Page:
Morning: Blessing, with Echo of Gunshots

How lovely are these tents!
not far from housing that has seen better days
and housing that has seen too many awful ones.

I love the place of Your house, reached through streets
collecting cigarette butts, the odd chicken wing, echoes of homicide.

Through Your abundant love, I enter Your house,
where these peaceful walls remind us: “If I am for myself alone, what am I?”
while a few miles away homes reel from gunshots and mourning,
makeshift memorials of teddy bears and candles pooled with tears and rain.
Meetings and vigils and “let this be the last.”

My prayer seeks a favorable time –
Does joy come in the morning, where weeping has not tarried for the night?
Can we dance together, if we have not yet joined in lament?

You answer with your saving truth:
Your glory’s dwelling-place spans mountain top and pit.
We are shaken and we stand firm.
Remove our sackcloth and dress us to praise You, Source of Healing and Help.

— Virginia Spatz, August 21, 2015

See Mah Tovu [How lovely are your tents] and Psalm 30 in the early morning prayers

…weeping may tarry for the night, but joy cometh in the morning.
…When I was carefree, I thought, “I shall never be shaken.”…
LORD, when I enjoyed your favor, You made me stand firm as a mighty mountain; when You hid Your face, I was terrified….
You turned my lament into dancing;
You removed my sackcloth and girded me with joy

See also, “Prayer Warm Up” and handout on Psalm 30

Who Is a Jew and how would the Forward recognize her?

UPDATE, 11/15, 13:36: Both the Jewish Telegraph Agency and the Forward have replaced the original photo with different ones: JTA’s article is now accompanied by a photo of an open Torah held by jacketed arms, adorned with a prayer shawl; the Forward‘s new photo shows three males in kippot (head coverings) with dreidels (Chanukah tops). Neither photo seems to have any relationship to non-Jews at the Torah, but the one that was clearly a mistake is now gone. No correction or apology in either place, however, and it is not clear whether JTA is correcting the mistake with other outlets that might be using their article.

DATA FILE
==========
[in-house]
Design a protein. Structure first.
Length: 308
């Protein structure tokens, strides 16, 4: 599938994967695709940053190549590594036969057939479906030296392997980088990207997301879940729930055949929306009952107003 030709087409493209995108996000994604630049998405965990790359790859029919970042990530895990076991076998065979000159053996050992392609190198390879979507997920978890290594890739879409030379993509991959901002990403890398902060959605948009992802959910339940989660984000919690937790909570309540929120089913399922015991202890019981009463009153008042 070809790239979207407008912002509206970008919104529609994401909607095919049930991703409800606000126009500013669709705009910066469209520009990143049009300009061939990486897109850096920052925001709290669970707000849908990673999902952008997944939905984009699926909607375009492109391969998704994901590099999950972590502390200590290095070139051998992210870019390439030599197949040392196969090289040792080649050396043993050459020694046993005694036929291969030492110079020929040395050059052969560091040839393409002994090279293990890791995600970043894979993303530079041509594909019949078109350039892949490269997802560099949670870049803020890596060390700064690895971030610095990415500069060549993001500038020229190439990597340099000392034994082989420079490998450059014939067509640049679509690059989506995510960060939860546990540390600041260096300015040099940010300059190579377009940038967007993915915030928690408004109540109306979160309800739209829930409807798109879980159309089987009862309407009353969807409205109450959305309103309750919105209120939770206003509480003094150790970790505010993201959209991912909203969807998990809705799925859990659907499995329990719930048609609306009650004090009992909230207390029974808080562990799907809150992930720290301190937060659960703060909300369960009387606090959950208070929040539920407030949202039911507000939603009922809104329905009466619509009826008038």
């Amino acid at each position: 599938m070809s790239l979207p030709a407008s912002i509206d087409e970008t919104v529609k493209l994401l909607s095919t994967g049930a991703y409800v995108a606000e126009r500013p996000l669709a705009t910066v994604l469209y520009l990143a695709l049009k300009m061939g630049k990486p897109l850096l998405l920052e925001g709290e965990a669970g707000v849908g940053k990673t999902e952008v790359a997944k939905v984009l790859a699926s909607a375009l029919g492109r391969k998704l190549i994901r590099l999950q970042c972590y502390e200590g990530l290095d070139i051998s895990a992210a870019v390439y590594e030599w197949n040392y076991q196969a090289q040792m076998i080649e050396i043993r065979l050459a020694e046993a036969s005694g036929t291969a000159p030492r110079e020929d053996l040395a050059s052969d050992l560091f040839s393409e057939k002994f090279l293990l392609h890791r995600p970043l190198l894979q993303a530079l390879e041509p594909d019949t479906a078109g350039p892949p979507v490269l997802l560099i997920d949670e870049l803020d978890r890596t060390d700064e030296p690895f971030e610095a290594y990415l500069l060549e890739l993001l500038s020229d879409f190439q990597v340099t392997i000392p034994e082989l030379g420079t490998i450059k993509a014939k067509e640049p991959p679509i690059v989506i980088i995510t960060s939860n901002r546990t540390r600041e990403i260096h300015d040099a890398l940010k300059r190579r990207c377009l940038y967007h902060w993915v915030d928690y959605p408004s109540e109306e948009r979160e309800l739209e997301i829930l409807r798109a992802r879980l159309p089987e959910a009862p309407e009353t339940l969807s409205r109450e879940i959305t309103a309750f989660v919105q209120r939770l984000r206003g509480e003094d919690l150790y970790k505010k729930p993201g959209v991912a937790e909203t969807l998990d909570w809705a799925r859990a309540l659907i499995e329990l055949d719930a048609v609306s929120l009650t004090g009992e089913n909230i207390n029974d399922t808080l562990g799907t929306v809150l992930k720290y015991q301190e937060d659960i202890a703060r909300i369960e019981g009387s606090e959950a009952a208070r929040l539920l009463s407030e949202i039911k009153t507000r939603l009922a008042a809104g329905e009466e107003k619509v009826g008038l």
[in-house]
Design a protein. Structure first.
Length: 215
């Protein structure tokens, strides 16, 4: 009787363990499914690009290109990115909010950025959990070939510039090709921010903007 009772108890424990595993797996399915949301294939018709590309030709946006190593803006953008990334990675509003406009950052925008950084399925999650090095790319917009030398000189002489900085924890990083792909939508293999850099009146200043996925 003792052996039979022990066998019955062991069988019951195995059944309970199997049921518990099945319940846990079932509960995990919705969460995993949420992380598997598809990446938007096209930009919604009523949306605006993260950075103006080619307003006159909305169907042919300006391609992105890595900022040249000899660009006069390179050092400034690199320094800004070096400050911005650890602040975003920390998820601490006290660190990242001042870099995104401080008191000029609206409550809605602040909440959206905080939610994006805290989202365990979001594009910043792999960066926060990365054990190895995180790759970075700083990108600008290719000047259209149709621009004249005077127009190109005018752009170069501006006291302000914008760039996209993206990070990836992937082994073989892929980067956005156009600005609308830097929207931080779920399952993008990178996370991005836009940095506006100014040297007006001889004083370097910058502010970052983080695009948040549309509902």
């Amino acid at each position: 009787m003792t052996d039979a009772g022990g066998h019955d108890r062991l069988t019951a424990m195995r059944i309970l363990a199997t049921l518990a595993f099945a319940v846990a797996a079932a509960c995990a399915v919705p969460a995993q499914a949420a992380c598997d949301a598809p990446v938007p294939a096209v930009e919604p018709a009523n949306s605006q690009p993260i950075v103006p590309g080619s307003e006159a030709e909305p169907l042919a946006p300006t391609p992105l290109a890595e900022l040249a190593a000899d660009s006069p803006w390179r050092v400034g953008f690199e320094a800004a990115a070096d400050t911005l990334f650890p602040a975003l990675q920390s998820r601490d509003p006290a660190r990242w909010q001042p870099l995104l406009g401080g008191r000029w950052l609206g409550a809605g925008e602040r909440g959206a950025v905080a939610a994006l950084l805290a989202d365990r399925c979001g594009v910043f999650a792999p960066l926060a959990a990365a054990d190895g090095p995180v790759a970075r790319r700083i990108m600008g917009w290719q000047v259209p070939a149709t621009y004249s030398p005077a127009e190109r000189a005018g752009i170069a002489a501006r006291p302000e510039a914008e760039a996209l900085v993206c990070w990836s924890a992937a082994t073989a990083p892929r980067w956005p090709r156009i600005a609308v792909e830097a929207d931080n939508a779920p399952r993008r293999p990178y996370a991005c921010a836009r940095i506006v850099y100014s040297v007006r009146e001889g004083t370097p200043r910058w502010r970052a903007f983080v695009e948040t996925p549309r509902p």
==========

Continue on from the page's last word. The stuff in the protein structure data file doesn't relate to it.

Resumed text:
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Yet More on Psalm 27 (3 of 4)

The close of Psalm 27 —

קַוֵּה, אֶל-יְהוָה: חֲזַק, וְיַאֲמֵץ לִבֶּךָ; וְקַוֵּה, אֶל-יְהוָה.

Hope in the LORD; strengthen yourself, let your heart take courage, and hope in the Lord [Psalm 27:14]

— is often cited as a motivational aphorism, particularly for the penitential season. This is its role in this meditation for Elul, for example.

Psalms 27:14 is employed in the Babylonian Talmud as a proof-text for appropriate attitude in prayer. The passage includes a discussion on prayer and hope, including — like the question Langston Hughes asks in “Harlem” — what happens to hope deferred.

Psalms 27:14 stands out in that it uses the second person (command) form, while the previous 13 verses are in the first person: “God is My light…whom should I fear?” etc. This raises the question: Whose heart is to hope?
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More Exploring Psalm 27 (2 of 4)

Psalm 27 includes a powerful “single request,” one that is frequently offered as a song:

One thing have I asked of the LORD, that will I seek after:
that I may dwell in the house of the LORD all the days of my life,
to behold the graciousness of the LORD, and to visit early in His temple.
אַחַת, שָׁאַלְתִּי מֵאֵת-יְהוָה– אוֹתָהּ אֲבַקֵּשׁ:
שִׁבְתִּי בְּבֵית-יְהוָה, כָּל-יְמֵי חַיַּי;
לַחֲזוֹת בְּנֹעַם-יְהוָה, וּלְבַקֵּר בְּהֵיכָלוֹ

— Psalms 27:4, JPS 1917, borrowed from Mechon-Mamre